Job Corps Is Changing Lives
Referred to as the Department of Labor’s “best kept secret,” we set out to learn more about UBC National Job Corps. To see the program in action, we traveled to the Angell campus in coastal Yachats, Oregon to spend time with brother Jimmy Jones, sister Tissi Snelson, and their students.
JIMMY JONES, PRESIDENT LU 271
“Job Corps is the best kept secret in the UBC. Every chance I get, I share it. It is such a tremendous opportunity for our disadvantaged youth. Giving back to the culture that we come from, giving back to the community. Giving a kid a chance at a life we had. They wouldn’t have the opportunity, without this program.”
TISSI SNELSON, LU 1503
“I want people to know about Job Corps. If there is someone in your community or circle, that is struggling – there is an option to get training in a trade, a driver’s license, and a diploma. It is a beautiful secret that has been around for over 50 years. It is here to serve.”
ANGELL JOB CORPS CARPENTRY STUDENTS
Kayla Hodge is motivated to get into the union, she was impressed by the camaraderie she witnessed at LU 271. “Coming to Job Corps changes lives. This program gave me an option not normally available for someone in my position. I think it is important for people to see that they can go from nowhere to somewhere.
Adam Aumiller knows that he wants to join LU 271, build concrete forms, and be a part of the Brotherhood. “It’s hard work, but I’m ready,” said Aumiller. “This program has taken me off the streets and given me hope for a better life. I can change my stars.”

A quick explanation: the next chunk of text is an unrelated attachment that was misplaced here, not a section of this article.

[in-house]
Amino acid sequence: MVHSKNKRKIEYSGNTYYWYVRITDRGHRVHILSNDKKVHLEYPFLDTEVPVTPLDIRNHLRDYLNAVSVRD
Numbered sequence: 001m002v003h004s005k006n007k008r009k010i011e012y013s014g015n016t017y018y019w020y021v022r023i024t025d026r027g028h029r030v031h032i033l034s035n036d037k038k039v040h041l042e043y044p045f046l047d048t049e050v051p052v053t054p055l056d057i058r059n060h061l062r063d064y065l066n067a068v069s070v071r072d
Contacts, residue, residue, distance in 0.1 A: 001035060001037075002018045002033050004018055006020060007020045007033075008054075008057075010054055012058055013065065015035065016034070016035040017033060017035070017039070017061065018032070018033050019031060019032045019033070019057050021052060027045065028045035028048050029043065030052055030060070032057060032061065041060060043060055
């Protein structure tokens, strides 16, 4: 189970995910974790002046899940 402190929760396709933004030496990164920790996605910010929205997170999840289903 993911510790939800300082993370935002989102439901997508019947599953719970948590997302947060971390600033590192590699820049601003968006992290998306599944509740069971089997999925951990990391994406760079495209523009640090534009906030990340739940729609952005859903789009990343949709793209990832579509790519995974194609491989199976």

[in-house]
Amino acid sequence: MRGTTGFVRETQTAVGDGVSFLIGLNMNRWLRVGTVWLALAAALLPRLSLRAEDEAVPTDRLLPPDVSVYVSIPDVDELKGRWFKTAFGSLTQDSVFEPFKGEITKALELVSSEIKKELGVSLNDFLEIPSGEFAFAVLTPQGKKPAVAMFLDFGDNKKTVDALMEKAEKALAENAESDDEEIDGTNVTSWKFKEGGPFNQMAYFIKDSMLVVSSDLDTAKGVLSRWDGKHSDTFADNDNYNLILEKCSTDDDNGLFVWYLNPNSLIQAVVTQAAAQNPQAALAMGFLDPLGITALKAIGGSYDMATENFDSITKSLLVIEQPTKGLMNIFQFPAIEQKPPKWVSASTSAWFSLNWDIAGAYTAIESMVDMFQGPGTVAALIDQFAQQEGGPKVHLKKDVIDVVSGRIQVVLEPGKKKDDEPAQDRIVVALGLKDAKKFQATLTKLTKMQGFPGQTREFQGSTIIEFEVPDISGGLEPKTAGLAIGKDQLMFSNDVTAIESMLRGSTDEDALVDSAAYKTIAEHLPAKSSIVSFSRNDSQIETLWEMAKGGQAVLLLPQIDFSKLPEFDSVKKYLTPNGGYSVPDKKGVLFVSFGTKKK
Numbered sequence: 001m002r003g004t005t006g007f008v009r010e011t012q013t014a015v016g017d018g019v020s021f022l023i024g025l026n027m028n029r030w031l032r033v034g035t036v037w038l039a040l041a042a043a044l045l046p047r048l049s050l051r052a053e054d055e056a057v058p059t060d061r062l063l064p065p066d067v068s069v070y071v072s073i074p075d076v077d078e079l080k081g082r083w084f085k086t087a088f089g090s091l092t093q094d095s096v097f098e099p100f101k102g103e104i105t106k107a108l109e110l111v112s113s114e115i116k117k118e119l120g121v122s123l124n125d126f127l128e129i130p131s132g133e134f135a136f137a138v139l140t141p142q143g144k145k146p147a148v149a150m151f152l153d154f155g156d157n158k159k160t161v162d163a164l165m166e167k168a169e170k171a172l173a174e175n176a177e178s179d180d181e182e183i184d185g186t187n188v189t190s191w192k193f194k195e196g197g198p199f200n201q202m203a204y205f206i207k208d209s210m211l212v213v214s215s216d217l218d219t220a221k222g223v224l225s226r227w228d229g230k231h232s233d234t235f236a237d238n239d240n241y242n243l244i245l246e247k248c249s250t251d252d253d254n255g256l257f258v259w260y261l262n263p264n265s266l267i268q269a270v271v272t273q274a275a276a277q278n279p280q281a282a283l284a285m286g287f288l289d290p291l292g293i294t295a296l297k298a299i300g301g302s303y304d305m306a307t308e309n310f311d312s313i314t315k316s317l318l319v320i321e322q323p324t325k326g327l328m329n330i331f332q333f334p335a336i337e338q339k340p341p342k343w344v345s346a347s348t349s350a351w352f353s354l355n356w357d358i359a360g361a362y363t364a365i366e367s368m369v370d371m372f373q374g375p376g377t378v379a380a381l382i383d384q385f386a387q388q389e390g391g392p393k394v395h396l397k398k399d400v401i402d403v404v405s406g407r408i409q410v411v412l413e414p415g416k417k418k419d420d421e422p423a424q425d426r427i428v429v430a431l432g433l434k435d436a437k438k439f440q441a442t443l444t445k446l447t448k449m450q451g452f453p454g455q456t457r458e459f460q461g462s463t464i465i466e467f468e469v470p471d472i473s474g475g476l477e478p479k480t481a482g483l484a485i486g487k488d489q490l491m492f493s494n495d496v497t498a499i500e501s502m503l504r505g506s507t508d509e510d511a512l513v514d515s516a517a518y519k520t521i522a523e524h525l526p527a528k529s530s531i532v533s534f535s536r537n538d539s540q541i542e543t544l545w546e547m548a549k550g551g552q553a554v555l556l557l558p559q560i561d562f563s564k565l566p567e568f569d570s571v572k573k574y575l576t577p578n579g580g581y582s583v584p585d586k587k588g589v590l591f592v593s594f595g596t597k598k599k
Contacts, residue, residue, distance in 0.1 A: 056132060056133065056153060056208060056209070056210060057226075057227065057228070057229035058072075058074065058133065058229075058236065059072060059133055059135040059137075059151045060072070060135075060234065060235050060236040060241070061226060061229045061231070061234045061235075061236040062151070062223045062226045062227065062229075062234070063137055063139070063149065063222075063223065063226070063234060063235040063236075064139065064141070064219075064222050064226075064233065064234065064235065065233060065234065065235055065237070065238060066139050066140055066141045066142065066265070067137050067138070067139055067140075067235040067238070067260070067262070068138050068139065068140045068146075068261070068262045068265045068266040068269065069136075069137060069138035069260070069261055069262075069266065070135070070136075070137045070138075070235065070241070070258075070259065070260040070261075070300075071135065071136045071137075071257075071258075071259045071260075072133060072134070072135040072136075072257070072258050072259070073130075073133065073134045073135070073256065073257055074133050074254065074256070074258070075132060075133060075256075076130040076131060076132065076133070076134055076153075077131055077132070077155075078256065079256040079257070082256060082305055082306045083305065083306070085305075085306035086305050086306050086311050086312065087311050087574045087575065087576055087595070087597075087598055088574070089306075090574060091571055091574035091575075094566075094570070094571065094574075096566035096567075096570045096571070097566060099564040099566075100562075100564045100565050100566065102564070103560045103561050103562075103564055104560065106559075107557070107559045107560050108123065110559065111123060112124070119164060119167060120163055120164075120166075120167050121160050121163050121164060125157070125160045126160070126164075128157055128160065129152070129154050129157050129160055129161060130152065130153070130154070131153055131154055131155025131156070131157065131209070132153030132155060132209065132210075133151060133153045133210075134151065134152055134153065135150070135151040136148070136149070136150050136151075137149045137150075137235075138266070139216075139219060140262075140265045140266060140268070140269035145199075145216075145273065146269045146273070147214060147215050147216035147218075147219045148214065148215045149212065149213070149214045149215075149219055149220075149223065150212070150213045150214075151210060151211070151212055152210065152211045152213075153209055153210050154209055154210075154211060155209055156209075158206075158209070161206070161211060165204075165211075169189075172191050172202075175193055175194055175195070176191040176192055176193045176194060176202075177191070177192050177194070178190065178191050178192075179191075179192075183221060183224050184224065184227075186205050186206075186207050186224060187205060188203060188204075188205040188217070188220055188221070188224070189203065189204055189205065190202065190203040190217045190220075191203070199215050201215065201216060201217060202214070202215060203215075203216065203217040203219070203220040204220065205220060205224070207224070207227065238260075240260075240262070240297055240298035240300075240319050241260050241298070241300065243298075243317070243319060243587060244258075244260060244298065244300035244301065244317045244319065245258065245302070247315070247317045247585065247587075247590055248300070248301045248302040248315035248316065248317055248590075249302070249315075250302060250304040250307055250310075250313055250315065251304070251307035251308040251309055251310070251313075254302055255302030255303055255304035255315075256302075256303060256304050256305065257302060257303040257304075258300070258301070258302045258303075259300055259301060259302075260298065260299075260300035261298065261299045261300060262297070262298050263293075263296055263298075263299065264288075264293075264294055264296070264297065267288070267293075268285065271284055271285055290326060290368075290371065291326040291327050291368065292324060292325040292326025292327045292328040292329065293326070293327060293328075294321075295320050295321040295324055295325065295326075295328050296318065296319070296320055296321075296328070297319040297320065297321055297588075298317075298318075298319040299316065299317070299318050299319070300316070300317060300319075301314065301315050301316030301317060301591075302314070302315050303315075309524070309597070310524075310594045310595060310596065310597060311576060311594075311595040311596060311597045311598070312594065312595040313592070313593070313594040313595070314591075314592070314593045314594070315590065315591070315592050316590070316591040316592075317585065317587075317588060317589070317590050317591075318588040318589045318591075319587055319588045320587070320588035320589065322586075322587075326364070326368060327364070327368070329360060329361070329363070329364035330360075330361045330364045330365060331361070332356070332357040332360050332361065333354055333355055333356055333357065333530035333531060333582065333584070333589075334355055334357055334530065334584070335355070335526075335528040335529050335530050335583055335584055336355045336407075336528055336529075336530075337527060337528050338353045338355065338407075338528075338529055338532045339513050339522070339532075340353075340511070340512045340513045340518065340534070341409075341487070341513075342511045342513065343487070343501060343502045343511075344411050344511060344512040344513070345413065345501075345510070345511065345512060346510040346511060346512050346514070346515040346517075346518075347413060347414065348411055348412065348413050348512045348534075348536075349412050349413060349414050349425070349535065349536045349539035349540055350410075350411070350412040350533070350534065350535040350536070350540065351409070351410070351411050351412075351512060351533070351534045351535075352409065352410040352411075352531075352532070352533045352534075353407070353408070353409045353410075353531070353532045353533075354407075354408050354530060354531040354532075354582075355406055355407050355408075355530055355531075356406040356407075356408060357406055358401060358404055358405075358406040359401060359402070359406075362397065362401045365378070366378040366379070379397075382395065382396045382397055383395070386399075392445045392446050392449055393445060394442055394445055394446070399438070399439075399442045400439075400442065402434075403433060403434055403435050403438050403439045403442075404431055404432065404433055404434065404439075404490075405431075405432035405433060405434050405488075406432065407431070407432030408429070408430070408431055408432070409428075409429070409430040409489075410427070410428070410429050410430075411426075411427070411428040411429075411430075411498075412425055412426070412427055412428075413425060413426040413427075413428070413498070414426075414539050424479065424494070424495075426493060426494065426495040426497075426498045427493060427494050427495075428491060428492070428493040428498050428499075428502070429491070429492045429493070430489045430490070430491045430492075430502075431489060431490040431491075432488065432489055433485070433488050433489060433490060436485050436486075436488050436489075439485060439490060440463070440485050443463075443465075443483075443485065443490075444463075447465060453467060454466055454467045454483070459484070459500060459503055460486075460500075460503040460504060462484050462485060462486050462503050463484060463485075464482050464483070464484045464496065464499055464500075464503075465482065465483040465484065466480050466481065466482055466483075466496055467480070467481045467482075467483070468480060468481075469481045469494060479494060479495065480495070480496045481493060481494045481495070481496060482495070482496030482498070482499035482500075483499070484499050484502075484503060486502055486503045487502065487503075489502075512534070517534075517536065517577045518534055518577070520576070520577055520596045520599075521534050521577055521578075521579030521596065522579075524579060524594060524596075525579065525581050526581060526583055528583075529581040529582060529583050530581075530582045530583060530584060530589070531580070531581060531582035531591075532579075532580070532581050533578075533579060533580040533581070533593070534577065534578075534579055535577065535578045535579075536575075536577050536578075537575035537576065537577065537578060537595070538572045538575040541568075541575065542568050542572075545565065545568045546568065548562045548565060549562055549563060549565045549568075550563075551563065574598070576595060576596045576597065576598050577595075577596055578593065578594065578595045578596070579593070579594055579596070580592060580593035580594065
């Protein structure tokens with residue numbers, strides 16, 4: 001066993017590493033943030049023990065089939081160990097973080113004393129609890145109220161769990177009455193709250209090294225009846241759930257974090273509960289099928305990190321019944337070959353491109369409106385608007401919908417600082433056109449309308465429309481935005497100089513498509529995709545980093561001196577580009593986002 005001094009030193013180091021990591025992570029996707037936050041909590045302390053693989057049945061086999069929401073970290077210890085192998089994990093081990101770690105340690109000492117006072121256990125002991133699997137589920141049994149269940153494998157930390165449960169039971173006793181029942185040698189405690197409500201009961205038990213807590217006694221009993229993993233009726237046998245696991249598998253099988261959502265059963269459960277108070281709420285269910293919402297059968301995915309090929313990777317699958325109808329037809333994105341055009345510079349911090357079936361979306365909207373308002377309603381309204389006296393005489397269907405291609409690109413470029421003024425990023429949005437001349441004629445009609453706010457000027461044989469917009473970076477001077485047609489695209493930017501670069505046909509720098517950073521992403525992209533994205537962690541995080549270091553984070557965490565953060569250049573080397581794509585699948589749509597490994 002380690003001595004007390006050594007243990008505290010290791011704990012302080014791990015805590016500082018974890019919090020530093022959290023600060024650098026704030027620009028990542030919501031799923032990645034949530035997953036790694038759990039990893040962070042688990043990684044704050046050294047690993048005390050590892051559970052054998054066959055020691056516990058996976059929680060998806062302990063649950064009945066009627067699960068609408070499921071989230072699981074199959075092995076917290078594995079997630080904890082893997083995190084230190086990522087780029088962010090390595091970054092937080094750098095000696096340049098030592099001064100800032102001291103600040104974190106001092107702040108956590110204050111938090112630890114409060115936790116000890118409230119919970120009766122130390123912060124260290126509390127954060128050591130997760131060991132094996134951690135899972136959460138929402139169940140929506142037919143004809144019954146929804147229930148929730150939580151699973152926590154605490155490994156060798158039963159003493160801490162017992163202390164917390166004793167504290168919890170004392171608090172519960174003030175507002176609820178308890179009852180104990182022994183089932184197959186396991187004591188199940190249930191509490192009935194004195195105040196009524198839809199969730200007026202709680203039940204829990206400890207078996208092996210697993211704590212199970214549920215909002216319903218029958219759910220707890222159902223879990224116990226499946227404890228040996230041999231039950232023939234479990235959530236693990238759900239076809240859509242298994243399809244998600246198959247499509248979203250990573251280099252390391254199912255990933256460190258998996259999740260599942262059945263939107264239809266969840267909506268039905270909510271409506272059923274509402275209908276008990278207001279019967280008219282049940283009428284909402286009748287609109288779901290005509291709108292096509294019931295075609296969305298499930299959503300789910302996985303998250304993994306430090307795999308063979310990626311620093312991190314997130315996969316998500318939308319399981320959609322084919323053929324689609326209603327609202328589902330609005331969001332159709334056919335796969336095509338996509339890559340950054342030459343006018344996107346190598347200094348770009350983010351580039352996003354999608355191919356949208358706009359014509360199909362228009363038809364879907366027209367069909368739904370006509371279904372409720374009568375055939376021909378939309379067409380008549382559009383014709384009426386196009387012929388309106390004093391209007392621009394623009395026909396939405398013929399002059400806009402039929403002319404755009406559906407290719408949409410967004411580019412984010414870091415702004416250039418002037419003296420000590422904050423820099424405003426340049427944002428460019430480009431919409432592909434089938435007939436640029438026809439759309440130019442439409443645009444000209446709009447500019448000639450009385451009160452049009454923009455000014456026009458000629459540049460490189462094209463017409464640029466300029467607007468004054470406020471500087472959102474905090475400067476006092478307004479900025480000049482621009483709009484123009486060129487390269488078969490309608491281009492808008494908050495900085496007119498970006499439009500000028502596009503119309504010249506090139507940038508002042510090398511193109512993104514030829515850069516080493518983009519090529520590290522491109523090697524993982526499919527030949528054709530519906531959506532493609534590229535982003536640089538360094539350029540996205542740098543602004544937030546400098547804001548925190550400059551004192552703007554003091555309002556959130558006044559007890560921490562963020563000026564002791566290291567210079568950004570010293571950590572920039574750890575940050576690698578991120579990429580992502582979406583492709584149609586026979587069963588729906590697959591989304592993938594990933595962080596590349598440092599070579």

Cedrik Blauser is the foreman at Job Corps busy shop. He wants to get into the drywall apprenticeship and become a member of LU 146. “Before I came to Job Corps I had dropped out of high school,” said Blauser. “I feel like I’ve conquered mountains since then. I’m close to my family, and I want to be there for them.
Damyn Stell looks forward to creating a new life for himself after Job Corps and someday building a home with his own two hands. “I’ve gotten my high school diploma and driver’s license while I’ve been here,” said Stell. “I have better communication skills and the confidence I can take care of myself when I leave here.”
Golden Lappin says that botany is her first love. But the carpentry program at Job Corps has given her confidence. “I will never be unemployed when I have a skill in carpentry,” she said. “Even though Job Corps has a set learning program, when they found out I was interested in botany, they helped me find a way to get into the field.”
Justin Rowberry says his mom, herself a Job Corps graduate, encouraged him to go to Job Corps. He has an interest in woodworking and cabinet making. “Job Corps has taught me how to live on my own,” said Rowberry. “I see my independence at the end of the line and a wider variety of possibilities to go for.”